COVID-19 world update: 1,000 cases hit U.S. military; Good news in Spain, Portugal

The latest on the coronavirus pandemic. This collection of Associated Press files was posted by Black Press Media at 10 a.m., Monday, April 6.

TOP OF THE HOUR:

  • Merkel says too early to consider ending restrictive measures.
  • Serbian health officials say 67 medical staff and nine patients of main hospital test positive.
  • Italian region of Tuscany to distribute masks for its 3.7 million residents
  • Mass COVID-19 testing site opening at Georgia Institute of Technology in Atlanta.

More than 1,000 cases hit U.S. military; navy hit the hardest

WASHINGTON — The Pentagon says the number of COVID-19 cases in the active duty force topped 1,000 over the weekend.

There are a total of 1,132 confirmed cases as of Monday morning. The total was 978 on Friday.

There also have been 303 cases among members of the National Guard.

Among the military services, the Navy has the most cases, with 431. That includes more than 150 among the crew of the aircraft carrier USS Theodore Roosevelt.

Pearl Harbor moment for U.S. as 94 percent say they’re avoiding large gatherings

The United States is bracing for a painful week, with a wave of coronavirus deaths expected across the nation.

“This is going to be our Pearl Harbor moment, our 9-11 moment,” U.S. Surgeon General Jerome Adams said.

New York City, the U.S. epicenter, New Orleans and Detroit face especially worrying days ahead. Yet President Donald Trump and Vice-President Mike Pence are striking optimistic tones, insisting that hard weeks ahead will ultimately lead to the nation beginning to turn a corner..

A new poll from The Associated Press-NORC Center for Public Affairs Research found that 94% of Americans say they are staying away from large groups, up from 68% in mid-March.

Coronavirus patients around the world are rushing to join studies of an experimental drug that showed promise against some similar viruses in the past. Interest in the drug remdesivir has been so great that the U.S. National Institutes of Health is boosting the size of its study.

Meanwhile, millions of dollars in additional funds are being made available to agencies around the world that provide aid to Holocaust survivors, whose advanced age and health issues make them particularly vulnerable to the new coronavirus, the organization that handles claims on behalf of Jewish victims of the Nazis announced Monday.

Germany: Now isn’t the time to discuss an end date to restrictions

BERLIN — German Chancellor Angela Merkel says she’s as anxious as anyone for life to return to normal in the country.

Merkel says “we’re still living in the pandemic” and now isn’t the time to talk about an end date to restrictive measures.

Merkel says “we would be a bad government if we did not intensively, day and night, consider how we can take steps to return to ordinary life while still protecting health.”

But, she adds she would be considered `a bad chancellor, and we’d be a bad government,’ if she set an immediate date to end restrictions.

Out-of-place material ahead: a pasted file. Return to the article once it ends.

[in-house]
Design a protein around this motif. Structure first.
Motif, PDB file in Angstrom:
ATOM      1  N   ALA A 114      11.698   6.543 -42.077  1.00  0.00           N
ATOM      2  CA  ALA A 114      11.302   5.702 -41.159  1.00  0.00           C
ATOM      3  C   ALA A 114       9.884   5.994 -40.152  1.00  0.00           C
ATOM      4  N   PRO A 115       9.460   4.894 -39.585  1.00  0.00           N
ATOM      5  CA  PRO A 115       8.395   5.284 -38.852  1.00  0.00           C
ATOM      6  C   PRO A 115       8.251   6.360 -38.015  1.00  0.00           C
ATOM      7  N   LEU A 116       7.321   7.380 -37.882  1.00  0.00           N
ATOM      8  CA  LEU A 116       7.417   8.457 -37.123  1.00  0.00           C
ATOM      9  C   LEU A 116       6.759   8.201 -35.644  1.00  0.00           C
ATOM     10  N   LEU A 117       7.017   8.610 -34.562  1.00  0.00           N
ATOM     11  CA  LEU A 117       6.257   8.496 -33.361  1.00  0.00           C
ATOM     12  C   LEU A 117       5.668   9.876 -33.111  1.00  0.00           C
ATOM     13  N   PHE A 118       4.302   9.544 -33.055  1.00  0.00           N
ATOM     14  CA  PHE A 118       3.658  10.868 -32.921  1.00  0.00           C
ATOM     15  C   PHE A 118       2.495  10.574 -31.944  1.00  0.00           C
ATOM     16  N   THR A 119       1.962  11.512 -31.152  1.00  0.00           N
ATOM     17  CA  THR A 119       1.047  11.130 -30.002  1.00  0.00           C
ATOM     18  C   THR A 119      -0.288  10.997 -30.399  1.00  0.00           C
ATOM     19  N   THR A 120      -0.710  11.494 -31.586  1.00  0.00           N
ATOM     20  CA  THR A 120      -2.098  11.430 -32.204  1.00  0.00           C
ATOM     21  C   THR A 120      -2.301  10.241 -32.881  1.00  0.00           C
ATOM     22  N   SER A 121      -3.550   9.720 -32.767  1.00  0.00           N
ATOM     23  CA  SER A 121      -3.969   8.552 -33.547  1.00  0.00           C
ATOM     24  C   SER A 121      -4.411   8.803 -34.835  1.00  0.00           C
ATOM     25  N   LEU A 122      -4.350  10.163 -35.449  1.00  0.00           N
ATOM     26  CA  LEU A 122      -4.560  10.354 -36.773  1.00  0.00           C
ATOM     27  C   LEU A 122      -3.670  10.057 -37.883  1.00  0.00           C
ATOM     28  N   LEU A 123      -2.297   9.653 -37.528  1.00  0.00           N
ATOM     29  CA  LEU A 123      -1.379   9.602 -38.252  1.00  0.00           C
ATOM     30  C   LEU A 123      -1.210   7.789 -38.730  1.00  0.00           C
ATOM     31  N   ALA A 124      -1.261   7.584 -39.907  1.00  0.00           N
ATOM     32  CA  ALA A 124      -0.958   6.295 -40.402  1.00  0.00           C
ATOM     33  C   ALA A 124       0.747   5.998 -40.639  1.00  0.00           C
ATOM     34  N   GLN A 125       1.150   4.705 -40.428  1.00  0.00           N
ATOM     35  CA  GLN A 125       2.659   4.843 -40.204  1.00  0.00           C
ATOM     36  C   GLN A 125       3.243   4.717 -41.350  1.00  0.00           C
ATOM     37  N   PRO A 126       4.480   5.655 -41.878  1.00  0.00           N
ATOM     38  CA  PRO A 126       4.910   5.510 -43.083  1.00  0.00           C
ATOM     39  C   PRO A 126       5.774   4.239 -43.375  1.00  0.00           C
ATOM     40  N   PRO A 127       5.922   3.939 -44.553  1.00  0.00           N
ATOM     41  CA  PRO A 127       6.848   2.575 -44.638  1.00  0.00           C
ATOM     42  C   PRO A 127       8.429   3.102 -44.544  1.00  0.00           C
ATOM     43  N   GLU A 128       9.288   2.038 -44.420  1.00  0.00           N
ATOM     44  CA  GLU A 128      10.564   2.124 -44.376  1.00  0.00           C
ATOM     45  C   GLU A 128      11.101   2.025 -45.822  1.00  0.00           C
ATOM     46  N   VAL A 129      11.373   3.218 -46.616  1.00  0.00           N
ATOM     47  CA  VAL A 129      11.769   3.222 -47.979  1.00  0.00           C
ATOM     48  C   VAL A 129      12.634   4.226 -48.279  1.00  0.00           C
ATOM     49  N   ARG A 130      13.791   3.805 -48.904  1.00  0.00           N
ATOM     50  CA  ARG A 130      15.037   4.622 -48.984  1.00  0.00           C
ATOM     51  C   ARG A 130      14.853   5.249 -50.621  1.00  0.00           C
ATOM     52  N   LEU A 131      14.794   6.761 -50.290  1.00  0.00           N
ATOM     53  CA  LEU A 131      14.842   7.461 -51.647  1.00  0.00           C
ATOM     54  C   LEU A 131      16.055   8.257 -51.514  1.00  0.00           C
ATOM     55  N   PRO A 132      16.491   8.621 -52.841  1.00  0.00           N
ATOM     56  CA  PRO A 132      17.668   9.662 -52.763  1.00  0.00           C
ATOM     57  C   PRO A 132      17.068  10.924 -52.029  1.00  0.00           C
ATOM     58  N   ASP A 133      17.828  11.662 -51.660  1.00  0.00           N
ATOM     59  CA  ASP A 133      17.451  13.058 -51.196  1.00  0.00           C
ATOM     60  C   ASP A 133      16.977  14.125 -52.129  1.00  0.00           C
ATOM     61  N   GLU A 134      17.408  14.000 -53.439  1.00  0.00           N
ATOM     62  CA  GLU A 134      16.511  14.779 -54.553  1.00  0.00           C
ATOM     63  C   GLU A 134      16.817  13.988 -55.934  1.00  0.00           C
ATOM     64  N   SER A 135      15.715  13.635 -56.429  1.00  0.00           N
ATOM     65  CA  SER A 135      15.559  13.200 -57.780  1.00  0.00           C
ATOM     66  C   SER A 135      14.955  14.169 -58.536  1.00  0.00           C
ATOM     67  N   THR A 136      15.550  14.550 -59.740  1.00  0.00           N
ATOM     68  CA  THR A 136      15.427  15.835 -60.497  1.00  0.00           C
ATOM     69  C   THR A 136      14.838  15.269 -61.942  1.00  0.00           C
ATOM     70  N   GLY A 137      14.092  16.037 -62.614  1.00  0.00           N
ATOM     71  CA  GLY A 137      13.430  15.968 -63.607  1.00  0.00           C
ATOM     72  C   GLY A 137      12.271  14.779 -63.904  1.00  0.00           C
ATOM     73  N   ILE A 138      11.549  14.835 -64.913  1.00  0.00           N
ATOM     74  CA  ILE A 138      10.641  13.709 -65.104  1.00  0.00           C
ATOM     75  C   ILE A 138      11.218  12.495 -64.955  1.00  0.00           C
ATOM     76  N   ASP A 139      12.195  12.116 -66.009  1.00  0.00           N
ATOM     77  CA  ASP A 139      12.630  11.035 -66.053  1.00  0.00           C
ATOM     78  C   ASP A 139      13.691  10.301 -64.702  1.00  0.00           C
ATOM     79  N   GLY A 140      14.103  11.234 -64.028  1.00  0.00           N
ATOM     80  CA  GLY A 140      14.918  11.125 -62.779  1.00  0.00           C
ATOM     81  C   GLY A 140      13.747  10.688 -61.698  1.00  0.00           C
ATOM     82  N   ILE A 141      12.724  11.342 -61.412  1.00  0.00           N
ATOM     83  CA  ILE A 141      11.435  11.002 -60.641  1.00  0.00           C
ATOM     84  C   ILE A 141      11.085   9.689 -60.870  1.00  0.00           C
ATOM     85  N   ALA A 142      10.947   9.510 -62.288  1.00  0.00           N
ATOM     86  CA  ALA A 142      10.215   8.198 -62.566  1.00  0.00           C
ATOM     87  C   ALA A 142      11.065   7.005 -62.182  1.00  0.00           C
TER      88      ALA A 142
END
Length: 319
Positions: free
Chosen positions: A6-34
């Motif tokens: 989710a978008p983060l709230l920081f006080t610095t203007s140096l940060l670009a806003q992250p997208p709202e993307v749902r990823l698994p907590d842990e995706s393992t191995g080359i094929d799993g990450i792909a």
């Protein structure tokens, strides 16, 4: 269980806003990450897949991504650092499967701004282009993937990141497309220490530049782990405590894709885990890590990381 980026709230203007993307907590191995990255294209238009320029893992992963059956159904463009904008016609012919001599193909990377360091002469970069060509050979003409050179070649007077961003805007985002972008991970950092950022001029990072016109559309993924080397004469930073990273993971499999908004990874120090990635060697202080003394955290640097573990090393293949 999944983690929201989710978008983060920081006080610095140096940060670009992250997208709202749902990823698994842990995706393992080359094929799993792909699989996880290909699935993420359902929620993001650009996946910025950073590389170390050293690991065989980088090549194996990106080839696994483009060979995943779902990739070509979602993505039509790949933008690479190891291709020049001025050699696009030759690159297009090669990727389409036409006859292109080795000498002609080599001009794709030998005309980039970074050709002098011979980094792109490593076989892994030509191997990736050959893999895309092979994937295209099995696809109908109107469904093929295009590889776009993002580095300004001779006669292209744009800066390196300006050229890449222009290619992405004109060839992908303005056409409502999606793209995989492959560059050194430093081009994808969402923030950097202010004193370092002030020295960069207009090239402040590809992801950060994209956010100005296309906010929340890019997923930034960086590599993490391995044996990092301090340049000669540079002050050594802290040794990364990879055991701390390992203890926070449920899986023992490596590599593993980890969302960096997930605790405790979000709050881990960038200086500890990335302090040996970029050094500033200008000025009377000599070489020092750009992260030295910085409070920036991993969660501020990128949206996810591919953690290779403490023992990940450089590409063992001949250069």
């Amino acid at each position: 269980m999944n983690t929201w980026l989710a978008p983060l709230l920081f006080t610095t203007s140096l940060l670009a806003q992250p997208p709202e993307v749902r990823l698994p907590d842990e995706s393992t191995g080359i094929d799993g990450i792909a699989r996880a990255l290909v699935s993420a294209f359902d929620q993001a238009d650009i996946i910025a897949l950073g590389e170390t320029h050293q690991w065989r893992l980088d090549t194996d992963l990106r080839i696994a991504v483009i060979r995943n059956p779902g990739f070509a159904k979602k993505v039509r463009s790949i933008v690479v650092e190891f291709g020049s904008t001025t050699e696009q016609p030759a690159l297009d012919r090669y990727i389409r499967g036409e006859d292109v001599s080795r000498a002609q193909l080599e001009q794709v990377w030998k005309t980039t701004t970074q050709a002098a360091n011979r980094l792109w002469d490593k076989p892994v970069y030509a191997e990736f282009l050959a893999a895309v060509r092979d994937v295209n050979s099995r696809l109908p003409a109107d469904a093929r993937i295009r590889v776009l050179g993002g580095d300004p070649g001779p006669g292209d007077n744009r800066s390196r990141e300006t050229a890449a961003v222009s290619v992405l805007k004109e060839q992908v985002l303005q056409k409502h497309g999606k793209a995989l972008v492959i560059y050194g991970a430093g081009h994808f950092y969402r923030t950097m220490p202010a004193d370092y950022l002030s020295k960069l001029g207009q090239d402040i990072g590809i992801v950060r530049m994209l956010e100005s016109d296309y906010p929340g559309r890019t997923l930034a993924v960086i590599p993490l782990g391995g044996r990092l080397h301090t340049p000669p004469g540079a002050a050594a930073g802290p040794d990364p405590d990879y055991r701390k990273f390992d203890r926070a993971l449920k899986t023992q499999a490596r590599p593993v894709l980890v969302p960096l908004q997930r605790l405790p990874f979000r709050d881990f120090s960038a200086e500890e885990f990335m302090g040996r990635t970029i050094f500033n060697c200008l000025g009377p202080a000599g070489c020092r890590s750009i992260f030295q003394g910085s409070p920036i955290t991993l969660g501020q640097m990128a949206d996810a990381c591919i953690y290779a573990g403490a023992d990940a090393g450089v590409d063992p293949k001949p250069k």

European officials are scheduled to hold a video conference Tuesday to discuss the crisis and Merkel said the European Union was “facing its greatest test since its founding” that has hit every nation.

“Everyone has been affected and therefore it is in everyone’s interest, and in Germany’s interest, that Europe emerges stronger from this test.”

Serbia: 67 health workers, including 11 doctors, infected at coronary hospital

BELGRADE, Serbia — Serbian health authorities say 67 medical staff and nine patients of Belgrade’s main coronary care hospital have tested positive for the new coronavirus.

Of the total positive cases 11 are doctors. All have been moved to other hospitals in the Serbian capital with mild symptoms.

This is the second COVID-19 outbreak in a major hospital in Belgrade. Nearly 50 medical staff and two pregnant women have tested positive in Belgrade’s main maternity ward.

Officials say over 160 medical workers have been infected in Serbia with the new coronavirus.

Serbia has recorded 2,200 infected people and 58 deaths.

Tuscany: Masks will be required when in public

ROME — The Italian region of Tuscany is starting to distribute masks for its 3.7 million residents.

Masks will be required when in public once they reach each household.

Civil Protection volunteers on Monday unloaded cartons of the first batch of some 620,000 masks from a warehouse to be distributed to towns and cities throughout the central region.

Volunteers are working around-the-clock to distribute three masks each to every resident. Once local authorities confirm everyone has received their share, the Tuscany governor’s order to wear them in public will go into effect as part of restrictions aimed at containing the spread of COVID-19 infections.

Lombardy is Italy’s most afflicted region and made a similar mandatory mask-wearing order last week. Tuscany has nearly 6,000 confirmed coronavirus cases.

D.C.: Cases surge past the 1,000 mark

WASHINGTON — The District of Columbia has passed 1,000 total positive infections of the new coronavirus.

Health officials said Monday 99 new cases had been identified. That brings the total up to 1,097 with 24 deaths.